Ford Practically Couldn’t Give Away an Escape in 2020
2020 was a challenging year for new car sales. Mass unemployment robbed many consumers of the ability to buy vehicles, while the pandemic shut down showrooms nationwide. Dealers found innovative ways to sell inventory, and state and local governments scaled back restrictions on auto dealers. But economic uncertainty made many consumers skittish about assuming pricey car loans. So used car sales exploded, and dealers are stuck with a glut of new vehicles.
Luckily for consumers, this means dealers might sell their surplus models at a discount to make way for new inventory. One such vehicle is the 2020 Ford Escape, which the automaker practically couldn’t give away last year.
The new car market meets 2020
iSeeCars, a site that aggregates car inventory data, recently released a report listing estimates of excess inventory on dealer lots in 2020. The site noted that, on average, 22.5 percent of 2020 models remained on dealer lots. However, some brands were far less successful than others at moving their inventory.
Nissan had trouble selling three 2020 models: the Versa, Sentra, and Murano, with 38.7, 43.6, and 48.3 percent unsold. Honda also had difficulty selling three models, the Civic (34.4 percent unsold), CR-V (35.8 percent), and CR-V Hybrid (44.9 percent). Of the top 24 brands on this list, no other entry had more than two models appear.
Ford is the exception. Its 2020 models appear a whopping six times, with the F-150 (40.4 percent unsold), Ranger (51.5 percent), Expedition Max (51.2 percent), Expedition (61 percent), and EcoSport (71.3 percent). And topping the list is the Ford Escape, 90.4 percent of last year’s inventory still for sale.
Reasons to escape the 2020 Ford Escape?
Here’s the thing. The 2020 Ford Escape is far from a bad compact SUV. Sure, it’s not perfect, but its flaws likely don’t fully account for its horrendous sales performance. Its $24,885 starting MSRP is on par with other vehicles in its class. The price may be worth it for buyers looking for a speedy crossover that can hit 60 mph in 8.4 seconds and get 27/33 mpg city/highway. Packing a noisy 1.5-liter turbocharged inline-three engine and eight-speed automatic transmission, the Escape provides drivers with 180 hp and 177 lb-ft of torque. Higher trims come with a 2.0-liter turbo-four producing 250 hp and 275 lb-ft of torque and getting from 0 to 60 mph 1.5 seconds faster.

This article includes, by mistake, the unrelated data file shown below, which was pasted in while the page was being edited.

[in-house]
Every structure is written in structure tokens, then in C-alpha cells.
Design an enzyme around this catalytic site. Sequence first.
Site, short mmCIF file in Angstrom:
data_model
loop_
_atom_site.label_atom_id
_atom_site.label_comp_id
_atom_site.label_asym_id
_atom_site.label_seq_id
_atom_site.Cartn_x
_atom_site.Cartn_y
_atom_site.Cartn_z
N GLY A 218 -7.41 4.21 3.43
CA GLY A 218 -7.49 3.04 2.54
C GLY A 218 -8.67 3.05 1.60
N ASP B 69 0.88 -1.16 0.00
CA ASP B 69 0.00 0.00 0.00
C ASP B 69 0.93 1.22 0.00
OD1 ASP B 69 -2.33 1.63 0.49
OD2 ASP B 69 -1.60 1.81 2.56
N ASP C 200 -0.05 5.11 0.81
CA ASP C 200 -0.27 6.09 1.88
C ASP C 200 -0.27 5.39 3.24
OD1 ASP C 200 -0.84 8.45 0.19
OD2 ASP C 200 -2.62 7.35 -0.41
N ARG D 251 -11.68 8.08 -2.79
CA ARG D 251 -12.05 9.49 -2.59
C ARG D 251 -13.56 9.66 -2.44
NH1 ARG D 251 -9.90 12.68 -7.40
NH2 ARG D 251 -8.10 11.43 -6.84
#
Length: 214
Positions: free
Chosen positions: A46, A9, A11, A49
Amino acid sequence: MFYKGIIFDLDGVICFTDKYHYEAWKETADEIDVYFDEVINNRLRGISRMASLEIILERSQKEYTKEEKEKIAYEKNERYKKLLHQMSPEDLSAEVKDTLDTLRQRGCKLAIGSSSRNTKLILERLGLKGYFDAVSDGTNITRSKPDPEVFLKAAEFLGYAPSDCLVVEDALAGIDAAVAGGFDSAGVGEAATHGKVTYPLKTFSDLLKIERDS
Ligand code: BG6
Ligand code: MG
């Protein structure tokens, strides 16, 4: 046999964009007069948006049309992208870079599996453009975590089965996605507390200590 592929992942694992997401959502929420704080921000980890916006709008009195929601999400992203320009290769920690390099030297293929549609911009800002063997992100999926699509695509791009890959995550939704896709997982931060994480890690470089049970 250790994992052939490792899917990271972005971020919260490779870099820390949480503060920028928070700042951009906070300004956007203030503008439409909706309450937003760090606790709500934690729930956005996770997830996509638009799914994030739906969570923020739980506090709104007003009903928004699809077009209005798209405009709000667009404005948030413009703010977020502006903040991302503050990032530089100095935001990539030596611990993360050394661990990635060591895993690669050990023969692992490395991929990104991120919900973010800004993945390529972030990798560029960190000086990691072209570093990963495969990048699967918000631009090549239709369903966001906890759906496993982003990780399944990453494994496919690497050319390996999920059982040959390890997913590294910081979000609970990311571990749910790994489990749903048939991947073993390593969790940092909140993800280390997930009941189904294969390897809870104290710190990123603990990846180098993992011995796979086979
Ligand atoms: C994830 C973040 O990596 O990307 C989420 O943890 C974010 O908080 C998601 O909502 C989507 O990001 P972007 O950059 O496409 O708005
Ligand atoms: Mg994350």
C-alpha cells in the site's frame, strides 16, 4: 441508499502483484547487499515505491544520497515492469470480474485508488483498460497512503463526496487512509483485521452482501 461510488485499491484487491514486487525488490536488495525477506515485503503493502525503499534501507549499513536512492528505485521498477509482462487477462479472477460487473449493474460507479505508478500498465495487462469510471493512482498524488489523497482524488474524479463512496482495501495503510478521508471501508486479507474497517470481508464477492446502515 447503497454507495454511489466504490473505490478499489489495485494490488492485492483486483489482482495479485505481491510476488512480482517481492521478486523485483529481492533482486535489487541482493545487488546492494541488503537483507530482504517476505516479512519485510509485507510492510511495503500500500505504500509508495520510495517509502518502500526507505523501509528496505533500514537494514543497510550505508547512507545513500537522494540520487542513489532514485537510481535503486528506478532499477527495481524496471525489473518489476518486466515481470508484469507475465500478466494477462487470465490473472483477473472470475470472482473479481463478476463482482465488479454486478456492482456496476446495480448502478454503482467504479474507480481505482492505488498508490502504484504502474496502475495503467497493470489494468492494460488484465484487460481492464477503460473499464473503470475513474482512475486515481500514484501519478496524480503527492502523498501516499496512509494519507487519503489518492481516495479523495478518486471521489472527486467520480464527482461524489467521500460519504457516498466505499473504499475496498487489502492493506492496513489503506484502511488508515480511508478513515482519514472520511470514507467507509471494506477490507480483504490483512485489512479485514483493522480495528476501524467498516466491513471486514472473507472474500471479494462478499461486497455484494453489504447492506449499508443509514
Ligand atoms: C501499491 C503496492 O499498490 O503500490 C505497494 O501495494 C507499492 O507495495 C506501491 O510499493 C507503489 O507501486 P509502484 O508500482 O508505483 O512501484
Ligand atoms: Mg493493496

The Escape is also a safe vehicle, earning good scores from the Insurance Institute for Highway Safety and a 5-star rating from the National Highway Traffic Safety Administration. It comes standard with the Ford Co-Pilot 360 suite of advanced safety features. They include automatic high-beams, emergency automatic braking, blind-spot monitoring, lane-keeping assistance, and cross-traffic-alert. Higher trim levels add driver aids like adaptive cruise control and parking assistance.
Where the Ford Escape falls short is its interior. Car and Driver notes the standard model’s plastic panels don’t match the MSRP. The standard model also comes with a pitifully tiny 4.2-inch touchscreen, smaller than the 8.0-inch screens that usually come standard in SUVs these days. And that system comes only with Bluetooth and an AM/FM radio. Consumers expect more for a nearly $25,000 compact crossover. Of course, you get more with higher trims, but paying up to $5,000 extra for standard features could be why some shoppers opted for other vehicles last year.
Deeper inside the Ford Escape’s dismal sales
During a time of widespread economic uncertainty, the Ford Escape’s price was almost certainly a factor. Beyond that, many consumers lost income in 2020, and a $30,000 vehicle wasn’t in the cards even if it came with all the bells and whistles. Still, this likely isn’t the entire reason behind the Escape’s poor showing.
iSeeCars’ analysis asserts the Escape might’ve been the victim of bad timing. The website notes that production on the 2020 model didn’t begin until early January, much later than many other models and shortly before the national shutdown. Further, the Escape faced competition from the highly anticipated Ford Bronco Sport, a model similar in size and price. According to Detroit Free Press, the Bronco Sport sold over 6,000 units in the first month after its launch in late 2020, while the Escape continued underperforming.
But Ford’s loss could be your gain. With so many Escapes on the market, you may be able to pick one up at a price that better alines with its value. Keep your eyes open, and you might escape with a brand-new Ford.